Progress and achievements
In 2013, the EU together with Bangladesh government, the ILO, and the US, adopted the Sustainability Compact, which has facilitated remarkable progress in the apparel industry in terms of workplace safety.
Bangladesh has achieved a paradigm shift in workplace safety in its garment industry where the Accord on Fire and Building Safety in Bangladesh, an initiative by leading EU brands and retailers sourcing garments from Bangladeshi factories, played a crucial role.
All export-oriented apparel factories have been inspected for structural, fire, and electrical safety by Accord, Alliance, and the National Initiative. Remediation is nearing completion, as the progress is around 83% in Accord affiliated factories and 88% for Alliance. We believe our safety standards will encourage European brands to source more garments from Bangladesh.
The EU is not only a trading partner of Bangladesh but also a good friend who assists our country to address various challenges on the way to development.
Apart from economic and trade development, the EU provides support to Bangladesh for human and social development, good governance, and human rights.
EU ‘ssupport to Bangladesh also covers environment and disaster management, as well as food security and nutrition. We have witnessed how the EU has come forward to help us deal with the Rohingya issue and provided 13 million euros in the wake of the refugee crisis.
However, Bangladesh is gradually becoming economically strong, and we believe in the near future Bangladesh would reach a stage when development assistance would no longer be necessary.
Since Bangladesh is on its way to attain the status of a middle-income country, the country will require strong industrial development and investment to realize its vision.
The government has been working to accelerate industrial growth in the country by formulating business-friendly policies and building necessary infrastructure. Roads and highways are being upgraded, while steps are taken to enhance the capacity of sea ports.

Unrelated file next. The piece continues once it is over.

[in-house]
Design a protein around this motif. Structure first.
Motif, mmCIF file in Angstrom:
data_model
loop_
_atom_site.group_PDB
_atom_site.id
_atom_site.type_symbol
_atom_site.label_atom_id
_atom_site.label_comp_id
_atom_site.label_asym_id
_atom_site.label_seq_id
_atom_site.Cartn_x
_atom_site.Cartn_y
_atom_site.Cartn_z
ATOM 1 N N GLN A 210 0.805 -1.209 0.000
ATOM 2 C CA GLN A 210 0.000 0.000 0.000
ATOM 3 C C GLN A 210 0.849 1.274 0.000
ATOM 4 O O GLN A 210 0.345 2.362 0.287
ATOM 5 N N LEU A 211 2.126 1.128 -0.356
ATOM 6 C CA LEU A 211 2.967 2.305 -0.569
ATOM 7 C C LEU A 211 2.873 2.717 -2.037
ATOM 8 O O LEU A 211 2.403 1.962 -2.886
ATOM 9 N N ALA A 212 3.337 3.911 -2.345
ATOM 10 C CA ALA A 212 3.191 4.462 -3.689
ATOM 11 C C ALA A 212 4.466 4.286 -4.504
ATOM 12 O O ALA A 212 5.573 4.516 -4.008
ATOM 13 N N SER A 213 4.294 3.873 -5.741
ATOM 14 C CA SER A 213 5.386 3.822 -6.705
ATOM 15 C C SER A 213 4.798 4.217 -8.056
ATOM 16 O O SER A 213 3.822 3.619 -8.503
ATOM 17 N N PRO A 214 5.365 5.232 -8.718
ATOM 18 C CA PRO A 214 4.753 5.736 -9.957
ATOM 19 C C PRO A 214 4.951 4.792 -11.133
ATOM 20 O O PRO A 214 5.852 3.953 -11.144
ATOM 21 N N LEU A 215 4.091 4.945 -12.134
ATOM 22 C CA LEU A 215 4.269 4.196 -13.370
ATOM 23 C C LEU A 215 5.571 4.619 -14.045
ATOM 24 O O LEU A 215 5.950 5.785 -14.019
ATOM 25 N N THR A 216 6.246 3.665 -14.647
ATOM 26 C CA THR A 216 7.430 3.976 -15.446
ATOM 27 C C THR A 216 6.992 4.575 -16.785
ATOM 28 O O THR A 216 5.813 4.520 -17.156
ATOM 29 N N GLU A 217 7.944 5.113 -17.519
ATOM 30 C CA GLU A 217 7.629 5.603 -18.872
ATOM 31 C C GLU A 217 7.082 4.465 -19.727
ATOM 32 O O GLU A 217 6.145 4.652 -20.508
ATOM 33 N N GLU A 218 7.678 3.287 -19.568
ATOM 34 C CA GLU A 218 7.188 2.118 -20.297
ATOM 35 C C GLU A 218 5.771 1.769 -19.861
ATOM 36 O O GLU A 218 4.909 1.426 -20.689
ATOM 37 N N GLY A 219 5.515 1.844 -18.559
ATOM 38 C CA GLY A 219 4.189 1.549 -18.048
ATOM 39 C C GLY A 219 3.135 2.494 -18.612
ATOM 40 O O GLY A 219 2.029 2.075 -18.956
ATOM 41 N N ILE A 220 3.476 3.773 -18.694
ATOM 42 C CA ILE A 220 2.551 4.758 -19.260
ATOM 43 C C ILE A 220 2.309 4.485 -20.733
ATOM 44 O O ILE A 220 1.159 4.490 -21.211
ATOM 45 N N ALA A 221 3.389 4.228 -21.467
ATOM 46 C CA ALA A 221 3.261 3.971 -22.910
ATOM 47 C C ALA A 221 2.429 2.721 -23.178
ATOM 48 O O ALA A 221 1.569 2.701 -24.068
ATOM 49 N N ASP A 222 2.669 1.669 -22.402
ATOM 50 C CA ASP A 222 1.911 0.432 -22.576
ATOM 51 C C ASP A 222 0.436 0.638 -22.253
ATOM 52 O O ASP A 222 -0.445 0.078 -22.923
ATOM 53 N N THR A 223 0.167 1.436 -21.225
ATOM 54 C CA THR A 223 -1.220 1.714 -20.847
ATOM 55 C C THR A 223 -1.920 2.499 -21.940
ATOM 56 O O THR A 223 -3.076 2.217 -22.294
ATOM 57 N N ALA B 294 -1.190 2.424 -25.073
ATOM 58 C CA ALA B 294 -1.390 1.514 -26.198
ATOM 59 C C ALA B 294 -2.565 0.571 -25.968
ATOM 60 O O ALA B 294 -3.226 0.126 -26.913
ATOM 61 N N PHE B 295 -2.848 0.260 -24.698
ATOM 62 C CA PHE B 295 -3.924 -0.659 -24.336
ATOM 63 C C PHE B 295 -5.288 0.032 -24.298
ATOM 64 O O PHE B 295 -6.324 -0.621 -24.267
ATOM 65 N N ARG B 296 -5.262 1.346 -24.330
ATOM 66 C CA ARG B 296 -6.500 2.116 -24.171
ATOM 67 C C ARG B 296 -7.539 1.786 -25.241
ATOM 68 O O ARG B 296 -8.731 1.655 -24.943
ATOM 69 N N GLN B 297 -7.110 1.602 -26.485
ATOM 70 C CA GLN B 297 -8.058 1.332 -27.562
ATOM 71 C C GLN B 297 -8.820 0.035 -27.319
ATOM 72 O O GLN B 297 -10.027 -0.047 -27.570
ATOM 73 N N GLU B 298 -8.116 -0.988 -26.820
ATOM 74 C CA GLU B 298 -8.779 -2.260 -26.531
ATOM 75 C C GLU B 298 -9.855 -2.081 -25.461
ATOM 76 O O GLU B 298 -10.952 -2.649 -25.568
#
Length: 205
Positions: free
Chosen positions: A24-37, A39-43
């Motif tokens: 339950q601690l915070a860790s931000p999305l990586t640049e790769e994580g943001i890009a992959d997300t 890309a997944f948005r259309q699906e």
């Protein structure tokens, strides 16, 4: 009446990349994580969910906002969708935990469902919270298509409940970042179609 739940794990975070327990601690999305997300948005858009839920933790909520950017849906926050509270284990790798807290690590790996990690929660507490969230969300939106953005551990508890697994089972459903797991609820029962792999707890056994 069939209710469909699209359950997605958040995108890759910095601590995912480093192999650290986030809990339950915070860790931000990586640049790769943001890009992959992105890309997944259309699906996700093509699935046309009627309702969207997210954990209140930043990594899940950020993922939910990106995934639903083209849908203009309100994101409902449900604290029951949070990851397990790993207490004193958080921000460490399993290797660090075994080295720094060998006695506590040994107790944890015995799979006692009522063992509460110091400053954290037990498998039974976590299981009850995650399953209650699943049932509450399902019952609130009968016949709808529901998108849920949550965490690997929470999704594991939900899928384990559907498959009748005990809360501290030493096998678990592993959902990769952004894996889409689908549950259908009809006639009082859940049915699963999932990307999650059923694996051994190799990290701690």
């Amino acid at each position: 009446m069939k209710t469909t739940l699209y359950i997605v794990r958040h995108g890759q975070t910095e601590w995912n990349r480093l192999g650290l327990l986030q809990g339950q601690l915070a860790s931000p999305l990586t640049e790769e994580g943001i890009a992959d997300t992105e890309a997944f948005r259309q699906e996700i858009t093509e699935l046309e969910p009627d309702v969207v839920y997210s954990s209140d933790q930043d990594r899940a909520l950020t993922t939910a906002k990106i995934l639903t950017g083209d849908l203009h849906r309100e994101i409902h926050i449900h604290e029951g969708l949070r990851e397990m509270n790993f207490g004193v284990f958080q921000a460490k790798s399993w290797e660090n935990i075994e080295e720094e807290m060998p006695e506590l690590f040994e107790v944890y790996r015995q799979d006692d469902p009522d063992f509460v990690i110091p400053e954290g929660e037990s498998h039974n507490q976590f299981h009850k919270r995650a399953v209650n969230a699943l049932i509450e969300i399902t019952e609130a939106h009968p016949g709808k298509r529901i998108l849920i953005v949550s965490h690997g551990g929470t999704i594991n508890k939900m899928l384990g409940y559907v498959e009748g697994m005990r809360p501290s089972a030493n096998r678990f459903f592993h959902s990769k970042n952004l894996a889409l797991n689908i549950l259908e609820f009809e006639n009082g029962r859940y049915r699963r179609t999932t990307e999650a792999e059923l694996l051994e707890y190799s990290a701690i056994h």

Electricity generation has been increased to meet the growing demand of the expanding industrial sector, while an LNG terminal is being built to address the energy requirement in the country.
The government is also working to make Bangladesh a preferred destination of investment. Foreign investment in Bangladesh has hit a record in 2016-17 fiscal year, which was $2.45bn. Initiatives have been taken to simplify business processes in Bangladesh, and to improve our ranking in the World Bank’s Doing Business Index.
The government has taken massive steps to develop 100 economic zones in next 15 years. Besides, we have a young and vibrant population which is a valuable asset to our country for investors.
The backward and forward linkage industries to the garment sector, man-made fibre based high-end textiles, pharmaceuticals, and footwear and leather products, frozen foods, ship-building have become promising industries in Bangladesh where foreign investment can be highly feasible.
Bangladesh has immense opportunities to diversify its export items, and the EU can play a key role in enabling Bangladesh to tap into those potentials. The EU can extend its support in enhancing Bangladesh’s supply side capacity and promoting export-oriented FDI flows to Bangladesh.
The time is ripe for shaping the EU-Bangladesh relationship in line with the demands of the changing times.
We hope this relationship will reach a newer height, where the EU will be a strong and reliable partner in Bangladesh’s journey towards prosperity, driven by trade and investment.